Feeling unsure, the girl thought the best thing was to put her heart in a safe place.
Just for the time being.
So she put it in a bottle and hung it around her neck.
And that seemed to fix things … at first.
The girl thought the best thing was to put her heart in a safe place, for the time being. (image credit: Oliver Jeffers/The Heart and the Bottle)
The above passage is from The Heart and the Bottle, written and illustrated by Oliver Jeffers. The picture book, which looks into how to make sense of death and loss, is now available in iTunes to buy and download as apps. The version is read by actress Helena Bonham Carter.
In the story, the girl, after losing her father. decided to protect her heart from hurting by putting it in a bottle around her neck. Of course, the problem with safeguarding her heart was that the girl no longer resembled her old exuberant, full-off-curiosity self. No more thinking about the stars or “the wonders of the sea,” she feels no pain, but also no happiness.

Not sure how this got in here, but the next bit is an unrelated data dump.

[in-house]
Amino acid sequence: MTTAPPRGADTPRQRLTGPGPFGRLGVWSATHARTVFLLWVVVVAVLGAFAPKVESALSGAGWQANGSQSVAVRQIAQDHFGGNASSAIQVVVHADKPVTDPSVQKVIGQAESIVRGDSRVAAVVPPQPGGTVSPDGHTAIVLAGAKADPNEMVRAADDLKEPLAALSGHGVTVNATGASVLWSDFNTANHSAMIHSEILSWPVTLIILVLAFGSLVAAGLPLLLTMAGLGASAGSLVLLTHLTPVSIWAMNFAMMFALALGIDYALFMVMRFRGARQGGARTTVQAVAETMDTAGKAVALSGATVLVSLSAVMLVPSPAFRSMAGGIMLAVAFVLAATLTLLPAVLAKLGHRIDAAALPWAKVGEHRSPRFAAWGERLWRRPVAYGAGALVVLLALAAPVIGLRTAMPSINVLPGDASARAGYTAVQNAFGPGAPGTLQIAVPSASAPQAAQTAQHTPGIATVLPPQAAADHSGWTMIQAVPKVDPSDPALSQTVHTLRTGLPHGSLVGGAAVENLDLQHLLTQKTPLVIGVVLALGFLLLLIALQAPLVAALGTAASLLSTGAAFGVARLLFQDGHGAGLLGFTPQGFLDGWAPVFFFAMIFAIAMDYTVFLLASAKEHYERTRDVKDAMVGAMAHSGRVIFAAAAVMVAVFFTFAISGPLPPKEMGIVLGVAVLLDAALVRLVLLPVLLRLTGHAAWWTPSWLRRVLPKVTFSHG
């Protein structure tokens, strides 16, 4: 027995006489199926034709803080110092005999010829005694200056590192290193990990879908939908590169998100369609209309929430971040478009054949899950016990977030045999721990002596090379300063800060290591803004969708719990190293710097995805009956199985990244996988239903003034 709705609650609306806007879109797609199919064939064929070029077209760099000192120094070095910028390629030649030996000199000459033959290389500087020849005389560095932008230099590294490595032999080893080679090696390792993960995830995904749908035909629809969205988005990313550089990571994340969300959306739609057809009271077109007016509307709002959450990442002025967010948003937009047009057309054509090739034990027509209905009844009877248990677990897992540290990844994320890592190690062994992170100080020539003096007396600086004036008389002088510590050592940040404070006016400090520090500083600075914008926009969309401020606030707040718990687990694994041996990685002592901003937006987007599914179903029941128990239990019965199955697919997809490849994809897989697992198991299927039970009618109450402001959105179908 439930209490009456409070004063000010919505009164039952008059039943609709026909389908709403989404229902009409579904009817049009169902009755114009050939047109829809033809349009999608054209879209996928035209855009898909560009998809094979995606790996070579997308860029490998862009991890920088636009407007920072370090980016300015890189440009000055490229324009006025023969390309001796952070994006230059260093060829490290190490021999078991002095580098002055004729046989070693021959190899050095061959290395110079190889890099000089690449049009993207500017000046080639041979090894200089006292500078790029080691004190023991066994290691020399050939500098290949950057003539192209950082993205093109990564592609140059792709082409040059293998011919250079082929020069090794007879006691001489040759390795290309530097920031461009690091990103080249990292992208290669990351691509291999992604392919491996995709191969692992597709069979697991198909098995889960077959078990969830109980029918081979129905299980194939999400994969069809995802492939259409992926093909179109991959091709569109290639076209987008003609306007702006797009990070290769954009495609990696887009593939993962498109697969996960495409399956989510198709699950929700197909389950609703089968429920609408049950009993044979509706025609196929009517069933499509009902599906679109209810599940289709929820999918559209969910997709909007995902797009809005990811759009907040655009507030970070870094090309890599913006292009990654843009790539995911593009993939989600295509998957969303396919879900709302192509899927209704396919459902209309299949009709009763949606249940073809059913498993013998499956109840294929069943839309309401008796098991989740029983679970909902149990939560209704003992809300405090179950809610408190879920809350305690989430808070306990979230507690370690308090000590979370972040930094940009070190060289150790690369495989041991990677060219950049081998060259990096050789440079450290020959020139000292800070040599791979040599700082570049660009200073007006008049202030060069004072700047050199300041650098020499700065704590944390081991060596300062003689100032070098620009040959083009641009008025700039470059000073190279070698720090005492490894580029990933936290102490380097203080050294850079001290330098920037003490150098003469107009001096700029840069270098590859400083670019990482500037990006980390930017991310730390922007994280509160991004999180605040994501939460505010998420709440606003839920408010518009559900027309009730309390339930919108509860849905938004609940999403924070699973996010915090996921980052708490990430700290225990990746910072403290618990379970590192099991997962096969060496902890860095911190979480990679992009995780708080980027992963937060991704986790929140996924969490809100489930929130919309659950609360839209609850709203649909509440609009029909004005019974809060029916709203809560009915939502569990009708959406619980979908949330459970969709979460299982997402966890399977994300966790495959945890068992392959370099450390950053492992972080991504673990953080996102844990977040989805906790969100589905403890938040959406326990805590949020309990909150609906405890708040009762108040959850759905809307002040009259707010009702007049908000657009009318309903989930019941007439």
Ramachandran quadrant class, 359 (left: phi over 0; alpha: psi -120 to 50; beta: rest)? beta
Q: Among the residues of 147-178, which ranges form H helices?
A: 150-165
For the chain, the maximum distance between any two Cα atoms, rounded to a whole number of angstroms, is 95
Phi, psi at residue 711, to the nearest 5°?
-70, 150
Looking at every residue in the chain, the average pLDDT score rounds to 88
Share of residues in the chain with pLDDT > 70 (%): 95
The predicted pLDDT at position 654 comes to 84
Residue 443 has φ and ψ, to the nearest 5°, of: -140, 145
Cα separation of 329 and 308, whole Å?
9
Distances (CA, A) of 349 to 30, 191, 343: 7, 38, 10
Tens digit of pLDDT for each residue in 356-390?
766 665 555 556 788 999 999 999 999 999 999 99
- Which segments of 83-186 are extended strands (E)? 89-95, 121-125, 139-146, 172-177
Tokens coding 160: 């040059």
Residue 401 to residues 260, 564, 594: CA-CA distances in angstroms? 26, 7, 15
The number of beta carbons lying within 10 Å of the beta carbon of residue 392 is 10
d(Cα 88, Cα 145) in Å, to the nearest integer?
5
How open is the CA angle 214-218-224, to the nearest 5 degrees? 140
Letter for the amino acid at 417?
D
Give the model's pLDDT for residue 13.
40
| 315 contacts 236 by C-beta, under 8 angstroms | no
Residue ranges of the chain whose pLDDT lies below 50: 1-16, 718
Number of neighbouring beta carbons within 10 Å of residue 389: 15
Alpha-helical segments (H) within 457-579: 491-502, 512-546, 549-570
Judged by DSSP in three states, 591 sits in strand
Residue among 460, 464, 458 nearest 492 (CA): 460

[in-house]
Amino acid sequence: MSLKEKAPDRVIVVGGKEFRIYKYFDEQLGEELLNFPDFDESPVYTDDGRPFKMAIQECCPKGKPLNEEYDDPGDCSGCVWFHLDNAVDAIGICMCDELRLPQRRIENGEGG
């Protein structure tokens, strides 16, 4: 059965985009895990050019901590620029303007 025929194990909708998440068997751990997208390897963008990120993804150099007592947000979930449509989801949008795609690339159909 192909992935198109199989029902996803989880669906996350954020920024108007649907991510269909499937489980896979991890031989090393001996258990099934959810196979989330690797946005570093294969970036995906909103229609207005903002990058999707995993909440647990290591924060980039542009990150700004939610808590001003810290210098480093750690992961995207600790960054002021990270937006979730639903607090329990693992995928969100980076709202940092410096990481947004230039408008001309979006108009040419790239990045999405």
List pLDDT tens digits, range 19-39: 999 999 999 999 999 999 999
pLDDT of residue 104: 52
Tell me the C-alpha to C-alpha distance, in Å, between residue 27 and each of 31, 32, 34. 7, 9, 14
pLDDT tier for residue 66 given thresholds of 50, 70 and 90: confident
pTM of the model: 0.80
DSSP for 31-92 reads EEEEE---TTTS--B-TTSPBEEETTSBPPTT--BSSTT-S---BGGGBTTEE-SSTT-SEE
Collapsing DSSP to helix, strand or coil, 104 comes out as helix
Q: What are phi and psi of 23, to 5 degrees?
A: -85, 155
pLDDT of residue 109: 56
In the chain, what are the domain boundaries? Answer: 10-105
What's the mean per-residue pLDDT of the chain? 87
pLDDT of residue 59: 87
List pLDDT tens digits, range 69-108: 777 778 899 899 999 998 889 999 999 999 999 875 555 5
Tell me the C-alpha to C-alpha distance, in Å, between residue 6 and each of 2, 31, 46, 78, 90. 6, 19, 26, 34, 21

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“She forgot about the stars… and stopped taking notice of the sea.
She was no longer filled with all the curiosities of the world and didn’t take much notice of anything…” (image credit: Oliver Jeffers/The Heart and the Bottle)
Many of us are probably familiar with Disney’s 1964 musical-film starring Julie Andrew as the delightful, simply wonderful nanny, Mary Poppins. While Disney’s Mary Poppins is indeed supercalifragilisticexpialidocious (even more so with her philosophy that “a spoonful of sugar helps the medicine go down”), you would be missing out if you have never met the original Mary Poppins.
Written by P.L. Travers with illustrations by Mary Shepard, Mary Poppins is the world’s most beloved nanny. Arriving at Number Seventeen Cherry-Tree Lane with great style — blown over by the East Wind, Mary Poppins brings adventure, enchantment and excitement to the Banks house (and to you)!
Mary Poppins (written by P.L. Travers with illustrations by Mary Shepard)